Both superstars also garnered plenty of column inches speculating about their futures, with Ronaldo’s representatives letting it be known that the Portugal captain was considering a move out of Spain due to his tax case and Messi leaving it until late in the year before signing a new contract with Barcelona.
Manchester City make history with winning streak
Manchester City surpassed Arsenal’s record winning run in English top-flight football in early December with a 4-0 victory at Swansea City to make it 15 Premier League wins in a row. Pep Guardiola’s side have since extended that streak to 18 victories (and counting), and they also set a new record for consecutive wins in all competitions this season, a run which ended at 20 matches with defeat to Shakhtar Donetsk in the Champions League in their final, meaningless group game.
This City side have a habit of breaking records — Sergio Aguero broke the club’s scoring record in November, netting his 178th goal, in a Champions League win over Napoli.
Another record breaker in December will be Arsenal manager Arsene Wenger, who will surpass Sir Alex Ferguson’s 810 Premier League matches in the dugout when the Gunners play at West Bromwich Albion on New Year’s Eve.
Barcelona complete historic comeback vs. PSG
Barcelona made the impossible possible in March, as they recorded the greatest comeback in Champions League history by hammering Paris Saint-Germain 6-1 at the Camp Nou to reach the quarterfinals by winning the tie 6-5 on aggregate with three late goals.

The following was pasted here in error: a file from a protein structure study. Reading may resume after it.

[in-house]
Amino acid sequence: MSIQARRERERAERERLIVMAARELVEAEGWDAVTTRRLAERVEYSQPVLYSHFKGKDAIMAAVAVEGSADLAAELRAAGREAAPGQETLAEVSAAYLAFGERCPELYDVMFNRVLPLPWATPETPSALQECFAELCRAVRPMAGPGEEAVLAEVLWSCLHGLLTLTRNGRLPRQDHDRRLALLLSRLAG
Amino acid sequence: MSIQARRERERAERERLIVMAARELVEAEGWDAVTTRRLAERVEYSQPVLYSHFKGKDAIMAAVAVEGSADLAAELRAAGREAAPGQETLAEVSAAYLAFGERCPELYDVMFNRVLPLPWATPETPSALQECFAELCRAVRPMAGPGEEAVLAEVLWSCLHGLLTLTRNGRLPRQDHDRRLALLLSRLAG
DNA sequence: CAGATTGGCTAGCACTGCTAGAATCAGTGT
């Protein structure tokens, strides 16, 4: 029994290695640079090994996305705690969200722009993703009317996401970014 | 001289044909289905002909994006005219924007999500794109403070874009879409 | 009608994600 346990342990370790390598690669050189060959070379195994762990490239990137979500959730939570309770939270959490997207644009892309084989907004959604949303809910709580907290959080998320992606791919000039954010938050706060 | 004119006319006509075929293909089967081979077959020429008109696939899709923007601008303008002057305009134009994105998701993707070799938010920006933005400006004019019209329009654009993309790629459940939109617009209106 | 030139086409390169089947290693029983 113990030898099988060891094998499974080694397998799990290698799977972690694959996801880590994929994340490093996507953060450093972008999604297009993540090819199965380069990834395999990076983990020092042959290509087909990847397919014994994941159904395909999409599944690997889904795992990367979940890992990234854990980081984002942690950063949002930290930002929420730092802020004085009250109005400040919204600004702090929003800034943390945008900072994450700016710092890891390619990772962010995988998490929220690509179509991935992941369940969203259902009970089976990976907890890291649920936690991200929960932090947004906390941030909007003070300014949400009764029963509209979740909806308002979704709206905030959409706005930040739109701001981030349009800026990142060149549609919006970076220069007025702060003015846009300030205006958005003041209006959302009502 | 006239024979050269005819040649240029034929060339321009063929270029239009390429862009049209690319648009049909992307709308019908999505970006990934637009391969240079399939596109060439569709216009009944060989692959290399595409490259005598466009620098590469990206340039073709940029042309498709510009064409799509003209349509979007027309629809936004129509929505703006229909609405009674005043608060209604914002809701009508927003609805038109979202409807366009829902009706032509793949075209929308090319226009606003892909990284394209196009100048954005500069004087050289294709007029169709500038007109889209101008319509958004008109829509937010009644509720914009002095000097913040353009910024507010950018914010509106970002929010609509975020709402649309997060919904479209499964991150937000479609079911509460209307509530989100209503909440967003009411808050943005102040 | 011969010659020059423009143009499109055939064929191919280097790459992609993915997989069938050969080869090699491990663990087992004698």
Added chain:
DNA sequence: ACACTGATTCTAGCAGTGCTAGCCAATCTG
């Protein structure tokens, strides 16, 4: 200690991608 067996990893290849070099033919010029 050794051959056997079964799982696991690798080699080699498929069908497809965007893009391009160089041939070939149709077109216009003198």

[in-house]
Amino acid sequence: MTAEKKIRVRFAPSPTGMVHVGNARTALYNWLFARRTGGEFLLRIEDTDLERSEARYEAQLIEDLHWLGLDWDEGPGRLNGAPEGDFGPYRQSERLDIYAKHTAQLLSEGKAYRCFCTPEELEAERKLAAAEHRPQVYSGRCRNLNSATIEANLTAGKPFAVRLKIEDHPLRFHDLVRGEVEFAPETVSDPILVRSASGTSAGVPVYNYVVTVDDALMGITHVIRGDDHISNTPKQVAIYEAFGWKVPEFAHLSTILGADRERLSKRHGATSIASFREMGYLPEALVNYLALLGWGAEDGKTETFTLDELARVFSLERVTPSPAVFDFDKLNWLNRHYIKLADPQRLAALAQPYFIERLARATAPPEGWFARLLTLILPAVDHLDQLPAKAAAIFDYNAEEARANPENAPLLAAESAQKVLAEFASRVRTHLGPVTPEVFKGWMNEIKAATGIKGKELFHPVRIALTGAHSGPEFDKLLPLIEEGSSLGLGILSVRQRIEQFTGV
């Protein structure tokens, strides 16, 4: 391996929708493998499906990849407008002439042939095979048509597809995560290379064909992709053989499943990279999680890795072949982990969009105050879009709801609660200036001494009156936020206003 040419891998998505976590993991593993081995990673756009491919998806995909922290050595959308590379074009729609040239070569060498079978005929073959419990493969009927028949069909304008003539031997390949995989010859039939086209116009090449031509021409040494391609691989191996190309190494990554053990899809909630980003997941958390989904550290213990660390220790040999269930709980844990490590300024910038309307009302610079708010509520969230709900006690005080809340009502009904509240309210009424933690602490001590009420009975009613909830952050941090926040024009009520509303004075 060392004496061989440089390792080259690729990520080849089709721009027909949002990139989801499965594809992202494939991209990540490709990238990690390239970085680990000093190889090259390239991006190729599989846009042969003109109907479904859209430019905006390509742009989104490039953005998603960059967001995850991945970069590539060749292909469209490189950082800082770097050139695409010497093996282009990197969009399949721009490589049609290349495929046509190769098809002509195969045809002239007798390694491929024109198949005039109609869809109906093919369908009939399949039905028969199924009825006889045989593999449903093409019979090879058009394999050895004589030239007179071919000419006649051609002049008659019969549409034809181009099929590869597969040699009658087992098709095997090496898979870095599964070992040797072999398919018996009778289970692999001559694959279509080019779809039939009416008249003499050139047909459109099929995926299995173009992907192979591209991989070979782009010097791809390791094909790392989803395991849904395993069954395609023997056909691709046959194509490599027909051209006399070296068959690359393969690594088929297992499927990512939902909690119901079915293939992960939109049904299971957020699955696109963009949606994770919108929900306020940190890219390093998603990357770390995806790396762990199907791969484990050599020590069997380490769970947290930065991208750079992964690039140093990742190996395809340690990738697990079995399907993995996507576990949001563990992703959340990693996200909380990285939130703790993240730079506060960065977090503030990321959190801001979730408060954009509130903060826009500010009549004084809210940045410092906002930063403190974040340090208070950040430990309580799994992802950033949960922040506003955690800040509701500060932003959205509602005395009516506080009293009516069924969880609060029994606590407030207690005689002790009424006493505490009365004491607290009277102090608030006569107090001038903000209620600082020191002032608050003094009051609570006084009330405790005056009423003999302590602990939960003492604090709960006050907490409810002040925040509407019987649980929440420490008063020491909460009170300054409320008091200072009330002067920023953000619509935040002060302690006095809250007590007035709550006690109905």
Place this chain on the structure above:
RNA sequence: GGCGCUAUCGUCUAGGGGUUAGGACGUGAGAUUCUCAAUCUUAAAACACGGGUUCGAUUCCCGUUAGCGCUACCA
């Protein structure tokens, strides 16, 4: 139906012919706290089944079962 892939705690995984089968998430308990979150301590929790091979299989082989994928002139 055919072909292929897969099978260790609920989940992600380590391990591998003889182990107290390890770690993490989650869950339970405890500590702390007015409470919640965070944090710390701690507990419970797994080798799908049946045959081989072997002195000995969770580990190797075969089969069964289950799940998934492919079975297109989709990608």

Barca were staring elimination in the face after losing the first leg 4-0 at the Parc des Princes, but Sergi Roberto’s winner deep into stoppage time completed a stunning reversal that still looked off the cards when Edinson Cavani’s second-half strike gave PSG a precious away goal.
The victory was celebrated with such gusto in Catalonia that a minor earthquake in the area was registered on the Richter scale.
Chapecoense reach Copa Libertadores one year after air crash tragedy
When Brazilian club Chapecoense were involved in a plane crash that left 19 of their players among the 71 fatalities last November, football united around them. The full impact of the tragedy will scar the club and the city of Chapeco for generations, as ESPN’s Sam Borden found out when he met some of those affected.
But a year on and Chapecoense triumphed over adversity in inspirational manner. In November they managed to avoid relegation from the Brazilian first division despite having to start the season with almost an entirely new squad. Just a few weeks later they managed to secure a place in next year’s Copa Libertadores, setting a club record of nine games unbeaten in the Campeonato Brasileiro along the way.
Leicester City sack Claudio Ranieri nine months after Premier League title win
The Leicester City fairy tale officially ended in February when Claudio Ranieri was sacked as manager just 298 days after he had led the Foxes to one of the most unlikely championships of modern times and claiming FIFA’s Coach of the Year award in the process.